Carry some dried food and a bar of chocolate with you; these are light and make it easy to make up a quick and ready meal. One quick way is to use a 'Pot Noodle' but empty this into a small polythene bag to make it easier to carry. Can then be done in a cup which you carry. Make sure you are going to use it though since it will then go off quickly when opened. 

Survival Shelters


This is a simple shelter made from two tarps, one that is laid across a cross-piece mounted on two upright staves, with two leaning-staves for support. Another tarp is used as a base. Of course, if you have a long tarp then only one is needed. The front is pulled over the cross-stave and guy-ropes used to keep it tight. Face this with the wind at the back.

This shelter is made by tying a piece of cordage between two trees and holding the tarp to the cordage with 'Tarp Clips'. The back is held down by wooden pegs and a log placed right across to keep the wind from the back. Face this with the wind at the back. The trees can give some protection at the sides if they are large enough. 

This one was made by draping a tarp over a dead tree, making sure the tree is quite safe. It is tied at the front like a 'porch' using guy-ropes and wooden pegs. The back is held by wooden pegs and a log placed across it. Here a basha is used rather than a tarp - this folds down a lot smaller. 

This one was made using an old fishing-shelter whose rods had broken but whose framework was sound. It is held at the front by a cordage between two trees, and at points on the back and sides with guy-ropes.

The above shelter was made up of an old tarp that we found in the woodlands; this was draped over a cross-piece between two trees, with a stout framework as the back. One side has been protected by logs piled on top of each other, between two staves. (The other side was done later.)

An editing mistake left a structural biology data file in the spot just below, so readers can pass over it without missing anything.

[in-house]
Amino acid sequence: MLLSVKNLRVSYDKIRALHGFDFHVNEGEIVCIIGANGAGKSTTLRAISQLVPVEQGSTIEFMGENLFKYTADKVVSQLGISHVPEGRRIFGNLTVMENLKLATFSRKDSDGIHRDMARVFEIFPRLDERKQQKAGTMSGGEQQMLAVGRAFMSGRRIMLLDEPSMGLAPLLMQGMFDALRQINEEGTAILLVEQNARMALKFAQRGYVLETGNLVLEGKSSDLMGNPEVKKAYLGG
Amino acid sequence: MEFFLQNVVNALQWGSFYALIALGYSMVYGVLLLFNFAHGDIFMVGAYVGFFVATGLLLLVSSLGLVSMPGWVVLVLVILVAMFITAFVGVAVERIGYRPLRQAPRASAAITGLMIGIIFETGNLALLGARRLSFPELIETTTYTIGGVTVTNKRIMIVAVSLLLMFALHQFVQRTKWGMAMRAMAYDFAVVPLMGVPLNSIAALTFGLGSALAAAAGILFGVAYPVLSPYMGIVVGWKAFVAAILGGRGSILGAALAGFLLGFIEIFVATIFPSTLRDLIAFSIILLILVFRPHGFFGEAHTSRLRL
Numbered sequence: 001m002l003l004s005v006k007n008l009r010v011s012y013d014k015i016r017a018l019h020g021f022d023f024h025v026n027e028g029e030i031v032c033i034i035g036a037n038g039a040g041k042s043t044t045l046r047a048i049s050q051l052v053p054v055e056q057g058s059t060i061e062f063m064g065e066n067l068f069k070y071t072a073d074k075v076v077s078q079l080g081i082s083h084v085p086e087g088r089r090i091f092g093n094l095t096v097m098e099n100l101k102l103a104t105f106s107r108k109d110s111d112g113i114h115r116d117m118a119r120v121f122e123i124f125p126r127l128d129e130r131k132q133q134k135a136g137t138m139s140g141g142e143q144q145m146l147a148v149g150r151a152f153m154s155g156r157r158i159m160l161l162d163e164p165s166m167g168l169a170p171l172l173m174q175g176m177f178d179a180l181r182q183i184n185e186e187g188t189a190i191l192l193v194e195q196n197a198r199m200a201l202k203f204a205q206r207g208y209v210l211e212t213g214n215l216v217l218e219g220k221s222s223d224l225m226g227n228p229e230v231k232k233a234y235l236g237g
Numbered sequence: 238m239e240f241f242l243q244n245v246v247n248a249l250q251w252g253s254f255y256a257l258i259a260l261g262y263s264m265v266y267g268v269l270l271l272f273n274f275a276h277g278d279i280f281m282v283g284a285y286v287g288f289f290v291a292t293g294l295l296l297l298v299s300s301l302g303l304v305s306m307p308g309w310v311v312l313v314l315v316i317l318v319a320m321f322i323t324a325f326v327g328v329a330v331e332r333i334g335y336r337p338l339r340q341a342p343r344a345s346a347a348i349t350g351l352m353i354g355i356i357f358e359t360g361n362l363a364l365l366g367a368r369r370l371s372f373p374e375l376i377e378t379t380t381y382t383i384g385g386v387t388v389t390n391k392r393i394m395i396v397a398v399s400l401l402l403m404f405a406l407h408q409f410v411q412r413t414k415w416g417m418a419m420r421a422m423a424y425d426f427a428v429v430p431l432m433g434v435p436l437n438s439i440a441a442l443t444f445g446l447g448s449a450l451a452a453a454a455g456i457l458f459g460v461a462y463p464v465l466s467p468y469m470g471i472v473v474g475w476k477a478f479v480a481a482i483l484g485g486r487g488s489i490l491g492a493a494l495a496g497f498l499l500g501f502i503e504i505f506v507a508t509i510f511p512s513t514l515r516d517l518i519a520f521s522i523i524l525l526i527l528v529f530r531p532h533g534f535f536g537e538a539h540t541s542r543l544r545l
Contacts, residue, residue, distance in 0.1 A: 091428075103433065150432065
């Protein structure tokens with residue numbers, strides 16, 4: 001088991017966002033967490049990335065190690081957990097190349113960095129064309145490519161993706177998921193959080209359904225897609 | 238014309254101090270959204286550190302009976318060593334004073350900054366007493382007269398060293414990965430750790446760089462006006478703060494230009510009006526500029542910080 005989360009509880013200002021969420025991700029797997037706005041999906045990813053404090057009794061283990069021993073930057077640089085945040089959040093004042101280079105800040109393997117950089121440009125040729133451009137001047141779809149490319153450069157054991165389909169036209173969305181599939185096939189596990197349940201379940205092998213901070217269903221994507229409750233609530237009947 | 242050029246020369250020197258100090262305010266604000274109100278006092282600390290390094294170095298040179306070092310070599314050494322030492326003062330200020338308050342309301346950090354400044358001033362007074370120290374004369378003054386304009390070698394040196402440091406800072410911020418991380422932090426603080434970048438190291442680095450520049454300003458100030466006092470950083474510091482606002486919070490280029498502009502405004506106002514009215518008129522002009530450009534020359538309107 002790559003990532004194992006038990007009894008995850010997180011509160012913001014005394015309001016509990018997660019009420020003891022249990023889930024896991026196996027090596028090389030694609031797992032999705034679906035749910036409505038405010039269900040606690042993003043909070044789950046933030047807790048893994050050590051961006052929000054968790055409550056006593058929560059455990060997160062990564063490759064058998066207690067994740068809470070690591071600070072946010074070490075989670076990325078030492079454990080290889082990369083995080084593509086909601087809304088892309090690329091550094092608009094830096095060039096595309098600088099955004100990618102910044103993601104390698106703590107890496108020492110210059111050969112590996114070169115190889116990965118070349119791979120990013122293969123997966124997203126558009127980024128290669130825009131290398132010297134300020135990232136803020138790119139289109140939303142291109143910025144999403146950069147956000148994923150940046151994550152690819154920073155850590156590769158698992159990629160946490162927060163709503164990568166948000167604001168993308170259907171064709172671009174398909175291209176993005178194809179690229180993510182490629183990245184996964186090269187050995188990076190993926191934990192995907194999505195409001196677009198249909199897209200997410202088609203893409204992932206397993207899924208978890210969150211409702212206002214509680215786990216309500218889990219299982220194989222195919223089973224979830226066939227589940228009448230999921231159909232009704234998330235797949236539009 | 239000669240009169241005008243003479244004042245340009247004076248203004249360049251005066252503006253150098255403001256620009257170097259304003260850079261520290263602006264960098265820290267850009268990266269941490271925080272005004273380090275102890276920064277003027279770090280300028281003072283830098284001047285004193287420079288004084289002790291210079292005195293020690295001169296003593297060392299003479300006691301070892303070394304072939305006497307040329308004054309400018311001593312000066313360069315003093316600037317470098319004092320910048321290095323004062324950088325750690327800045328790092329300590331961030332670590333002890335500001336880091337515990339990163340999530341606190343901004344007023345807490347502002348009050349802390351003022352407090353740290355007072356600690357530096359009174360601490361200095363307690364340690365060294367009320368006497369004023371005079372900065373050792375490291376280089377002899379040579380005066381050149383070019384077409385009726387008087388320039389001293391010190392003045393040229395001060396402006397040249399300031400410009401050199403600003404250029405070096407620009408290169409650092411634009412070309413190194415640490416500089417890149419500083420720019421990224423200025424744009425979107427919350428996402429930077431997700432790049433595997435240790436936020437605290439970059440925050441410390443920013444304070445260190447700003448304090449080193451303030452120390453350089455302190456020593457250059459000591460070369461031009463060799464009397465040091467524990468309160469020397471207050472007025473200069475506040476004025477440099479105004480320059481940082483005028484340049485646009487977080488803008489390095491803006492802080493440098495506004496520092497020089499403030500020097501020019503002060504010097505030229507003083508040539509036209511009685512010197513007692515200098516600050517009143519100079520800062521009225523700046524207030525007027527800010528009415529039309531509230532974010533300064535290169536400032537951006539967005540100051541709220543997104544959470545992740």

This shelter stayed in this piece of woodland for around 6 years without being found; it was then taken down again and the wood scattered to show nothing of what we had done. 


  • A-Frame at the front, using two crossed staves.
  • One long stave running from the A-Frame to the back.
  • A basha is used as the cover, pegged down with wooden pegs (easily made with a knife). A small tarp makes up the base of the shelter. 

The advantage of this over the simple lean-to shelters is that it has protection on three sides and is open only at the front. Your rucksack can be placed over the front as protection, or you could make a front from sticks and leaves etc.

This one was made by using A-Frames at the front and the back, giving much more room than the first one. A Tarp is taken over the top cross-stave, and another smaller one tied across the back. 

The staves are rather large, but this one was done from wooden staves left over after a group of scouts used the area to make shelters - we merely used what was there already. This one made a very strong shelter, and there was plenty of room inside.


This one has been covered in another blog because it is a lot harder to do and takes much longer than the others. It is a semi-permanent shelter that was left on site for around 7 years before the area was 'cleared' by the Forestry Commission.


This is what i call a 'Tarp-Clip' although it probably has a far more technical name; it is used when the tarp-grommets are damaged. In this case it is used to clip the tarp over the cordage tied between two trees.